Today's Thoughts: The Christmas Season, at least within the Church is rather short this year. So rather than on a Sunday, which usually happens, today we are honoring the gift of family, specifically the gift of the Holy Family. When we honor the Holy Family we honor all families.
As I prayed with the readings for today’s Feast of the Holy Family a favorite fictional character from TV came to mind. The character, Special Agent, Leroy Jethro Gibbs, from the show NCIS. During an episode a number of years ago part of the story line was Abby’s struggle with family. She found out that she was adopted. In a very touching scene she goes to Gibbs and says that she doesn't know who she is now and Gibbs' reply goes something like this, "Abby, family is more than science and DNA, family is about the people who care about you and you have a lot of people who care right here." To me it was a touching scene that reflected some of Gibbs' best wisdom but also it reflects the focus of our feast today.
We might look at the Holy Family and say how can the Holy Family be an example of family life? They were the perfect family, how can a family in today’s world even begin to measure up to them? They were special people, blessed in a unique way by God. Jesus is the Son of God. Mary came into the world without sin. An angel came to both Joseph and Mary. How can any family ever measure up to the Holy Family? Well, in a word by caring!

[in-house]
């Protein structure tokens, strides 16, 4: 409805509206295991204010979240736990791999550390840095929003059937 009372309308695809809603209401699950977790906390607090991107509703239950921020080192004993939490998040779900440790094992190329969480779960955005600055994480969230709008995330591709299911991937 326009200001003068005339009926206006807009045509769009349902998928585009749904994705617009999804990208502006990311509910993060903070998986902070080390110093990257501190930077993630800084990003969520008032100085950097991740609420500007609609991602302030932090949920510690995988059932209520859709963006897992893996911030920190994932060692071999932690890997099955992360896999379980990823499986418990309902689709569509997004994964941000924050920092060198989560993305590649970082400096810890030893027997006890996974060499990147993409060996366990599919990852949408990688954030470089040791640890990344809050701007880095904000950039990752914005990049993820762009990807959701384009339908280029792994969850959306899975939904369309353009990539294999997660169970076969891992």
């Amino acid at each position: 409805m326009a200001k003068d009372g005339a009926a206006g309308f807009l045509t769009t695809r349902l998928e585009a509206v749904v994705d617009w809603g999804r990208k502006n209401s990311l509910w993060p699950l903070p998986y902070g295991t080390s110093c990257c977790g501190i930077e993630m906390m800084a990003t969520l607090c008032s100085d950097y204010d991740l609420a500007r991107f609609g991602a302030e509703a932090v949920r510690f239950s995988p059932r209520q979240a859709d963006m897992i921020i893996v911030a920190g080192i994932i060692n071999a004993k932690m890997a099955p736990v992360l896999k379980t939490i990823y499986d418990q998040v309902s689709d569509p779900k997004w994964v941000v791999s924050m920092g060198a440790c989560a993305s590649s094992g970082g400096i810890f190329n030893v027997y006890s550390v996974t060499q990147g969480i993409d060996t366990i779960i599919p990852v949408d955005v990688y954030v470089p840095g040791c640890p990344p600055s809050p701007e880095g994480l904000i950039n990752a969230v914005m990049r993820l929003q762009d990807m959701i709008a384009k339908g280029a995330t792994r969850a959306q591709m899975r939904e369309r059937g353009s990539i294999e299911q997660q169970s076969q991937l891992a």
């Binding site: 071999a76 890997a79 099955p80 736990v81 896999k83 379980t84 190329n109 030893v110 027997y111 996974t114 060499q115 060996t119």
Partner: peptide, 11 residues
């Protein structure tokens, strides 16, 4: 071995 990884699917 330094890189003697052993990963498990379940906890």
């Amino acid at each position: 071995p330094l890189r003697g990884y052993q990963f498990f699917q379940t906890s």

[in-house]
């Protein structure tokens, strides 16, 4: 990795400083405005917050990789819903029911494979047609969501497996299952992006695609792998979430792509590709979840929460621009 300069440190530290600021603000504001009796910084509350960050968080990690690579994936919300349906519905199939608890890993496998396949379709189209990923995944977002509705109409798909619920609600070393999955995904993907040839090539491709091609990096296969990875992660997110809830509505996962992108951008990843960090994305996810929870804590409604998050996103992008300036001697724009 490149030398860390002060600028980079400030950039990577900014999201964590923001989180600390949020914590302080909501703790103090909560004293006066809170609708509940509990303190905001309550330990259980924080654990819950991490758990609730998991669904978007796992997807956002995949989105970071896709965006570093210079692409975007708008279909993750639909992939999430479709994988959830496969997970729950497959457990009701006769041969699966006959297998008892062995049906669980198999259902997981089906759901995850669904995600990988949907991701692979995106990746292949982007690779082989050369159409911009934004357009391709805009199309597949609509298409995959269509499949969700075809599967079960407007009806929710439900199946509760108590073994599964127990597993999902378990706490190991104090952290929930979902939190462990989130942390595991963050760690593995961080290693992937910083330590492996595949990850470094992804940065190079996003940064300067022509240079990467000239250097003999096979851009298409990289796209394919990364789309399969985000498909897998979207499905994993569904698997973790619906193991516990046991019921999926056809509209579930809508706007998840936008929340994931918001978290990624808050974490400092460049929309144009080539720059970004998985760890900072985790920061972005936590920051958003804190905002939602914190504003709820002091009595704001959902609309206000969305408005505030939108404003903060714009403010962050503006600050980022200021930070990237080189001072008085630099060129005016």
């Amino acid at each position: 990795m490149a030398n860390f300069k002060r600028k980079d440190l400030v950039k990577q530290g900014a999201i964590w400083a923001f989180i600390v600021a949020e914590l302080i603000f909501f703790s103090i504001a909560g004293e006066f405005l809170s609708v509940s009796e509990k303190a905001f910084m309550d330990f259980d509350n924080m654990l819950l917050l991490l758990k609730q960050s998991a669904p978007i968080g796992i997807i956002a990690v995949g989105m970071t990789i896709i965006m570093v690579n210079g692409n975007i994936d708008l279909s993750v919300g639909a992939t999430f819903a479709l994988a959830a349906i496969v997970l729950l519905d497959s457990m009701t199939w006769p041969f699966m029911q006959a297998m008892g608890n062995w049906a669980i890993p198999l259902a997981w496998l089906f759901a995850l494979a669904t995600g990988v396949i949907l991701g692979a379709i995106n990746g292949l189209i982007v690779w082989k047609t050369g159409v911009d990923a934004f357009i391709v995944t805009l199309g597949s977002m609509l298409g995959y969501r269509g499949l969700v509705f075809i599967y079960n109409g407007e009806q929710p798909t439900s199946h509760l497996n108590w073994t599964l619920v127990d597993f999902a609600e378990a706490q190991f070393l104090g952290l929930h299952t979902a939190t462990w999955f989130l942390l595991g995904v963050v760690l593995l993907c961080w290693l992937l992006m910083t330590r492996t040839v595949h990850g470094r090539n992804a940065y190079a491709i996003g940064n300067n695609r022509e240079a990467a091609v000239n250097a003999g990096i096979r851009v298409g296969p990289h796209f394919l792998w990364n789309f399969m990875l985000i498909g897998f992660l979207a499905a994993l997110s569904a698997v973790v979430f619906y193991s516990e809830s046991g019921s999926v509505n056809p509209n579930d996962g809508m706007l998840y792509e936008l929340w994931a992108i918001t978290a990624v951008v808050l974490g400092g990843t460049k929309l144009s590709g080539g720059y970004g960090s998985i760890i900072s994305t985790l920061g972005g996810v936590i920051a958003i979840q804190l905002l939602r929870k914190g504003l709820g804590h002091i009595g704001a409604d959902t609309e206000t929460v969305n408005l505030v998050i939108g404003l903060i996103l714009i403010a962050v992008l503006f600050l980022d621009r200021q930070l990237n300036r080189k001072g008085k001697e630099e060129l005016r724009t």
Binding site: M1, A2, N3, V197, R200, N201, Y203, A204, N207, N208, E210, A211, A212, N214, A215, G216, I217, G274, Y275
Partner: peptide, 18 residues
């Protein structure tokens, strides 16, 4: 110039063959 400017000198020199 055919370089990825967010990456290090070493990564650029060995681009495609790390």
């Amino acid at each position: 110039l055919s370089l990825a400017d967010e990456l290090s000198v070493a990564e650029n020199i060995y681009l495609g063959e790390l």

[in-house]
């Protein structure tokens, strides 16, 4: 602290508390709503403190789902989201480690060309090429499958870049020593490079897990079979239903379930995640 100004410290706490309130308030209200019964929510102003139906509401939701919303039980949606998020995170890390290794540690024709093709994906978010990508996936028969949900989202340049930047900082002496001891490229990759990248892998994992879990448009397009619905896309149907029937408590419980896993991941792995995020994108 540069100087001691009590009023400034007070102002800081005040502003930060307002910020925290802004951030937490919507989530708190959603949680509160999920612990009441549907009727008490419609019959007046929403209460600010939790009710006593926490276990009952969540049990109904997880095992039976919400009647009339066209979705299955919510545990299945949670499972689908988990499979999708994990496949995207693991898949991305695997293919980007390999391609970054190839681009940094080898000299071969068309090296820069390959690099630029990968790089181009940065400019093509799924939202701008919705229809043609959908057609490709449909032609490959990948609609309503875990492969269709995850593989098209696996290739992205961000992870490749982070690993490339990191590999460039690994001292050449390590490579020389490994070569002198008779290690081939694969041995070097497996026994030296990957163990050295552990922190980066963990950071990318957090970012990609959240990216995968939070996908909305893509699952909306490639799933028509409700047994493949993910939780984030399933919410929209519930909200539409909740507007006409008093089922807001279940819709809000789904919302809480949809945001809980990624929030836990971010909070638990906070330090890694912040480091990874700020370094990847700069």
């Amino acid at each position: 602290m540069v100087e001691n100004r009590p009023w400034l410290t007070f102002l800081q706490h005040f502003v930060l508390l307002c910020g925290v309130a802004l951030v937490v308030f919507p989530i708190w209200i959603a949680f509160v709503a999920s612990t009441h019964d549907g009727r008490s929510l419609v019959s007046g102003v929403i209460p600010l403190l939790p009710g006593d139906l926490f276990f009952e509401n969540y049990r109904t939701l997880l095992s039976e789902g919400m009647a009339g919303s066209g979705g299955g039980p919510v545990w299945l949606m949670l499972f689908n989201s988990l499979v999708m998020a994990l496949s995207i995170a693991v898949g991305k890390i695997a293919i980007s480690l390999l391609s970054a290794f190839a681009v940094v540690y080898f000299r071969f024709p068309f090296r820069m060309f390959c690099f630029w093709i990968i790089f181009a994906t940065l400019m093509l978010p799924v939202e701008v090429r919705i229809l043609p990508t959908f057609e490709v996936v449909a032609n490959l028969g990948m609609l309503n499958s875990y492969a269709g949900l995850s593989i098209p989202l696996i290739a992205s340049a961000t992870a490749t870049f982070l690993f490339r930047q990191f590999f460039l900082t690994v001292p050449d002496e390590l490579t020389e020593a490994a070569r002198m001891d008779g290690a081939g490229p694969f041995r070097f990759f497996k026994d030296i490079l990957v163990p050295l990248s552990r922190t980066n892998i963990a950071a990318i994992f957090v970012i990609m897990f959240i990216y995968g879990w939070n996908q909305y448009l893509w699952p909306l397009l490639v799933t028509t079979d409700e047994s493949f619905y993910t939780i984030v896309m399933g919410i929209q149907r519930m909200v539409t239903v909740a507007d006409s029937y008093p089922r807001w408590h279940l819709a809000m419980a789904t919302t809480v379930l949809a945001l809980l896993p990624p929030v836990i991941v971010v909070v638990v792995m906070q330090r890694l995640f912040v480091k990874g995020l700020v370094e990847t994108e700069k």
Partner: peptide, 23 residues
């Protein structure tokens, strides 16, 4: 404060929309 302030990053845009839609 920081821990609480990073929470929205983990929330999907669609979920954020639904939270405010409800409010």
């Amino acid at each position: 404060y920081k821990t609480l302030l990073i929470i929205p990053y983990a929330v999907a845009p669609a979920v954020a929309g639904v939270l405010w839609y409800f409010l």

Gibbs was right the basic value of family is that family cares no matter what, and it doesn’t always come from DNA. Haven’t there been times when you have considered a person family even though they didn’t have your DNA? You considered them family because in some way they were present to you when you needed them to be. They cared about you, about people in your life, about your family.
All of the stories we find in the scriptures about the Holy Family are about people who care for each other and for those around them. The gift of the Holy Family is the grace of caring. Perhaps our challenge today is to remember the people who care, those we are connected to us by DNA and those we are not – perhaps all of whom we can call family!
Have a great Friday everyone and a blessed Feast of the Holy Family.